Fishermen, buyers, shippers and processors all endorsed a levy to support the marketing of Canadian lobster during the Canadian Lobster Value Recovery Summit.
The event, which wrapped up March 27, in Halifax, was hosted by the three Maritime fisheries ministers to discuss key recommendations from the Maritime Lobster Panel Report and was attended by more than 200 industry members.
Summit participants supported a mechanism to collect a levy, and gave clear direction to the three ministers to proceed.
The levy would see fishermen and the onshore side of the industry each pay one cent per pound for every lobster caught. The Lobster Council of Canada has been pushing for this levy for the past couple of years. The fisheries ministers say they hope the levy could be in place by the end of the year but added some consultation is still needed with fisheries organizations.
"I am encouraged by the co-operation and collaboration shown by industry at this summit," said Nova Scotia Fisheries and Aquaculture Minister Keith Colwell at the conclusion of the summit. "We have received great feedback on a number of important issues that will allow the industry to move forward."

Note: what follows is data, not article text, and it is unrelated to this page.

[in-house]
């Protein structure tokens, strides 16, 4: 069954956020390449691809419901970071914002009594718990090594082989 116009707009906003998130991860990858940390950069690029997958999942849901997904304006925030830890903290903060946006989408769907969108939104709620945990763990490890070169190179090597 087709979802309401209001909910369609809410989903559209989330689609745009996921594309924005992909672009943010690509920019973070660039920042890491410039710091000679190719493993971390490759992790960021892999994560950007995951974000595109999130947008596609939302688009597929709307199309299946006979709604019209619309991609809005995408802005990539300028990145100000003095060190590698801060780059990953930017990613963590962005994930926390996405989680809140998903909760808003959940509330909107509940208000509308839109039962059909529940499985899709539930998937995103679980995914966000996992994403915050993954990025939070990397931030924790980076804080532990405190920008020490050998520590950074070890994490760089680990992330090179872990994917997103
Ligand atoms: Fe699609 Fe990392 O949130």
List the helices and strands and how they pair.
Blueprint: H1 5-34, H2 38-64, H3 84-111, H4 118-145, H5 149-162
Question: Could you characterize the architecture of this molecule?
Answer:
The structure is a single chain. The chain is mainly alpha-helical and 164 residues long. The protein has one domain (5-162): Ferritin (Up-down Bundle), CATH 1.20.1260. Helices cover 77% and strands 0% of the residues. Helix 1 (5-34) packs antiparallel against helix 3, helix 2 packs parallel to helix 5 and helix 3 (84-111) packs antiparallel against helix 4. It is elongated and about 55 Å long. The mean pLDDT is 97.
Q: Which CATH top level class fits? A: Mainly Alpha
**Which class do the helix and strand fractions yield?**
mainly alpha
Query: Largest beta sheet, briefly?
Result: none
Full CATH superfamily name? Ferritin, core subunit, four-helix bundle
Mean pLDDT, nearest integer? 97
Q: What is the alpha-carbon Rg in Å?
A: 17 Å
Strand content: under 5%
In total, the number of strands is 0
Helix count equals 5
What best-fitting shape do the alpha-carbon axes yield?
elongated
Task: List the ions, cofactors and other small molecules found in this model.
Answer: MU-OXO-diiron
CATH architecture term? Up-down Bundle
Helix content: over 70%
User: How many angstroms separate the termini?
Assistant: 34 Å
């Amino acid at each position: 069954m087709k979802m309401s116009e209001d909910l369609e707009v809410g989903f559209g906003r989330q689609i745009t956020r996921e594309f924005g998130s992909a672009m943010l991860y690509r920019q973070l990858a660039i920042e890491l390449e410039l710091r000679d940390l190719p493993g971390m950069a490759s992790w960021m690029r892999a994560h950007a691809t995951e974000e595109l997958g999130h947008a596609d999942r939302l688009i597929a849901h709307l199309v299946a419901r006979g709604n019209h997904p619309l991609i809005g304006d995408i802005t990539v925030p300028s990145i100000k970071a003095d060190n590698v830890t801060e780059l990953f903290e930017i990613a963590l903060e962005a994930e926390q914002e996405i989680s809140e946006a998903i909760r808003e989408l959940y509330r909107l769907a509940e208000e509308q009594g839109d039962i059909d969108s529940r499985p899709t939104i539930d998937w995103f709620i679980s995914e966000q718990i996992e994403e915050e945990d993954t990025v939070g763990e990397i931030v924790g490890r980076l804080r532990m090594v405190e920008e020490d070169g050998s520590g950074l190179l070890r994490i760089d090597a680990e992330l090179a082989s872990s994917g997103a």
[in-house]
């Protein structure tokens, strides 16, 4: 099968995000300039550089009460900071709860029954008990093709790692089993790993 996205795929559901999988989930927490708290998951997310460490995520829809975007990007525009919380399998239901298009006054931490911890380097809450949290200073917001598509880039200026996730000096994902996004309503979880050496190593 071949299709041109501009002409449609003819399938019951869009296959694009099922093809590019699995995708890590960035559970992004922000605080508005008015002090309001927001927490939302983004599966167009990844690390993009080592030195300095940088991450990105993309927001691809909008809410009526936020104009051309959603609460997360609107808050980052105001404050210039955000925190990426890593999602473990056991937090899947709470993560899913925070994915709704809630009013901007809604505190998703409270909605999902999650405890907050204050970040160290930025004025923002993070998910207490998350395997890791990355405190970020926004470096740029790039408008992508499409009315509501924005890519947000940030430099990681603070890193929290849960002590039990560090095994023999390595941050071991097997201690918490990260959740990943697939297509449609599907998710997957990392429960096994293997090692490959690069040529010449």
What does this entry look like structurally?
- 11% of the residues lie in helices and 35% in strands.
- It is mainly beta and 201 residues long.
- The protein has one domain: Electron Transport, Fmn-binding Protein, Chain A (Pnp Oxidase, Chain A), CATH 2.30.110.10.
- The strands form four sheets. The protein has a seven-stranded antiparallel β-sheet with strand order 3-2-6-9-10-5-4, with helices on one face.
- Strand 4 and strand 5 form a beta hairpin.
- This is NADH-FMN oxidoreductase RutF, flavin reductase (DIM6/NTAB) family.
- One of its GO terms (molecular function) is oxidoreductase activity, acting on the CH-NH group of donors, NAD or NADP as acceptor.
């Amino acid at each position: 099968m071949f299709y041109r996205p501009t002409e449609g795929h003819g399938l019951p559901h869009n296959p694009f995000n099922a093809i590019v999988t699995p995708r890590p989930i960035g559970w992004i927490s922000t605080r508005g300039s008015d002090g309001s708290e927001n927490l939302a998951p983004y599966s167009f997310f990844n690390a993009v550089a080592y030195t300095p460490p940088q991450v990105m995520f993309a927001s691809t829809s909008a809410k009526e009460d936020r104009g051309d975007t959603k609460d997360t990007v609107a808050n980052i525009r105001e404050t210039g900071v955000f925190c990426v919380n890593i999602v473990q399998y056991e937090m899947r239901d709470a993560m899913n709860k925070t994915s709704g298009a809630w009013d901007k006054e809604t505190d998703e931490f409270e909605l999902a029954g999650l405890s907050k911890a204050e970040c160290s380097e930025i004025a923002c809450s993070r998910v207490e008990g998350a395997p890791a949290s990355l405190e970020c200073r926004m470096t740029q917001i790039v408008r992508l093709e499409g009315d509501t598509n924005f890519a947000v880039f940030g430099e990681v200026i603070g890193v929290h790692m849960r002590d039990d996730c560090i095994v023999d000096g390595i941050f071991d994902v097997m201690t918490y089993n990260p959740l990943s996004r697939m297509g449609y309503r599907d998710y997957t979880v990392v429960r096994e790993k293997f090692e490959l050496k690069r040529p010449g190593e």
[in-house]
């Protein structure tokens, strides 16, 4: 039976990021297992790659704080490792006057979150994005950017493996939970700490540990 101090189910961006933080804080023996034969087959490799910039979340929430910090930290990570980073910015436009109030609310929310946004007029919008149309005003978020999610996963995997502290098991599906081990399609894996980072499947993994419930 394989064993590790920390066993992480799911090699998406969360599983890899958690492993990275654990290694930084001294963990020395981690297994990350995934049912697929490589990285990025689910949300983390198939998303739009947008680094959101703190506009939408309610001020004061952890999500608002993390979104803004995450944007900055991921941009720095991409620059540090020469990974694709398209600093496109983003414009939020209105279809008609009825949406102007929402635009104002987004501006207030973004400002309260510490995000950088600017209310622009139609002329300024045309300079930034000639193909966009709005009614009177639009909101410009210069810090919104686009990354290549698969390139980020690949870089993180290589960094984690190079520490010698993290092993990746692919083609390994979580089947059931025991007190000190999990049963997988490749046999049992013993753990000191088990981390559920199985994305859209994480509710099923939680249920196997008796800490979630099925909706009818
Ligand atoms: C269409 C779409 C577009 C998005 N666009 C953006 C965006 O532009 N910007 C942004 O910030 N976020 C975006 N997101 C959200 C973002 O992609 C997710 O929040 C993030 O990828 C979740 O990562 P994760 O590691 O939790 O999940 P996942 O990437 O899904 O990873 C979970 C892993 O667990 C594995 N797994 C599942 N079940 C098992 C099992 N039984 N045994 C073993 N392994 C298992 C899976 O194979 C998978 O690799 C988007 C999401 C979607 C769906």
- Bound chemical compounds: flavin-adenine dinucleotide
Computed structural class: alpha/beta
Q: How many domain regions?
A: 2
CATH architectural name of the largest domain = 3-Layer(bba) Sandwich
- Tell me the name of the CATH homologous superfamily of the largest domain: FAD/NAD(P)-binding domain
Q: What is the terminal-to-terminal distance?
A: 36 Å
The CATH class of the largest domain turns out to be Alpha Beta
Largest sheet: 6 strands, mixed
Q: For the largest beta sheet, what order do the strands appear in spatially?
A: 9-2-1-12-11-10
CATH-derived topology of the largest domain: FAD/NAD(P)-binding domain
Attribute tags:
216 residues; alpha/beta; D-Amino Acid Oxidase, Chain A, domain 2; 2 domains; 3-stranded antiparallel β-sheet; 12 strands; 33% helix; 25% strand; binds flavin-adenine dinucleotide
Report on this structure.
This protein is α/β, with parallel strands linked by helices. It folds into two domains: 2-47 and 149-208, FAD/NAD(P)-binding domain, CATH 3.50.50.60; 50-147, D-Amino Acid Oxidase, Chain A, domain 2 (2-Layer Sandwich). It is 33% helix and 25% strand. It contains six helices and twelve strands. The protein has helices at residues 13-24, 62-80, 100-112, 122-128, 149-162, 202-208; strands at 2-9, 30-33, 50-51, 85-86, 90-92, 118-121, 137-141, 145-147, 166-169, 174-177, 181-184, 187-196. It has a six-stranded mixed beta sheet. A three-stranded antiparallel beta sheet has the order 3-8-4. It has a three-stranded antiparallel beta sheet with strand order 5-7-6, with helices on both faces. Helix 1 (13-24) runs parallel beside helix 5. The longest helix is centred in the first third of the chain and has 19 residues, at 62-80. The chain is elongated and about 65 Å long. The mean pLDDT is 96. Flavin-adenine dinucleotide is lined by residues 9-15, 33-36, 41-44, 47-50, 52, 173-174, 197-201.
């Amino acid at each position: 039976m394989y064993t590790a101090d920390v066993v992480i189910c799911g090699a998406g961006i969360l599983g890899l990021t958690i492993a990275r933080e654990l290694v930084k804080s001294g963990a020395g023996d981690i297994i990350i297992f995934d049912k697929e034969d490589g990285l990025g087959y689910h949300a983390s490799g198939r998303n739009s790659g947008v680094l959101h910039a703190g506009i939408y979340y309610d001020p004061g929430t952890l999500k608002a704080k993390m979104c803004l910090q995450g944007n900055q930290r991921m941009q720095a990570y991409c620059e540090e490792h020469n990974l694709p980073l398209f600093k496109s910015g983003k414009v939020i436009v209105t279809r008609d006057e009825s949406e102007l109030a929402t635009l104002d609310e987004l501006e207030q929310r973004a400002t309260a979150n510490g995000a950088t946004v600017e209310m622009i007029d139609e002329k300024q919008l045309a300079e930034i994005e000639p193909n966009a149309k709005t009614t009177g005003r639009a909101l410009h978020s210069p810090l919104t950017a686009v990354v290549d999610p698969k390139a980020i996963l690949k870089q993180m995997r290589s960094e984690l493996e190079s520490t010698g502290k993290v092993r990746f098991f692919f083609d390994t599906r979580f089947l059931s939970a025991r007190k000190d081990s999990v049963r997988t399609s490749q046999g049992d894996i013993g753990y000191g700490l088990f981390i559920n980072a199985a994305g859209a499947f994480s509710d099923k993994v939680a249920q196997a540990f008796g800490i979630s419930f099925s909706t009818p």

The levy will support creating a generic marketing plan to promote Canadian lobster as a premium product around the world, developing new markets and collecting and distributing up-to-date, accurate market information to the industry.
Several presenters spoke of how a levy benefited their industry, most notably Norway, which has become a leading supplier of seafood around the world.
Federal Fisheries and Oceans Minister Gail Shea was the guest speaker at the summit.
"This summit is a terrific example of how industry can work together to make a difference in the lives of fishermen and their communities," said Shea. "While our government is committed to helping fishers thrive, we also believe that industry must lead the drive for solutions."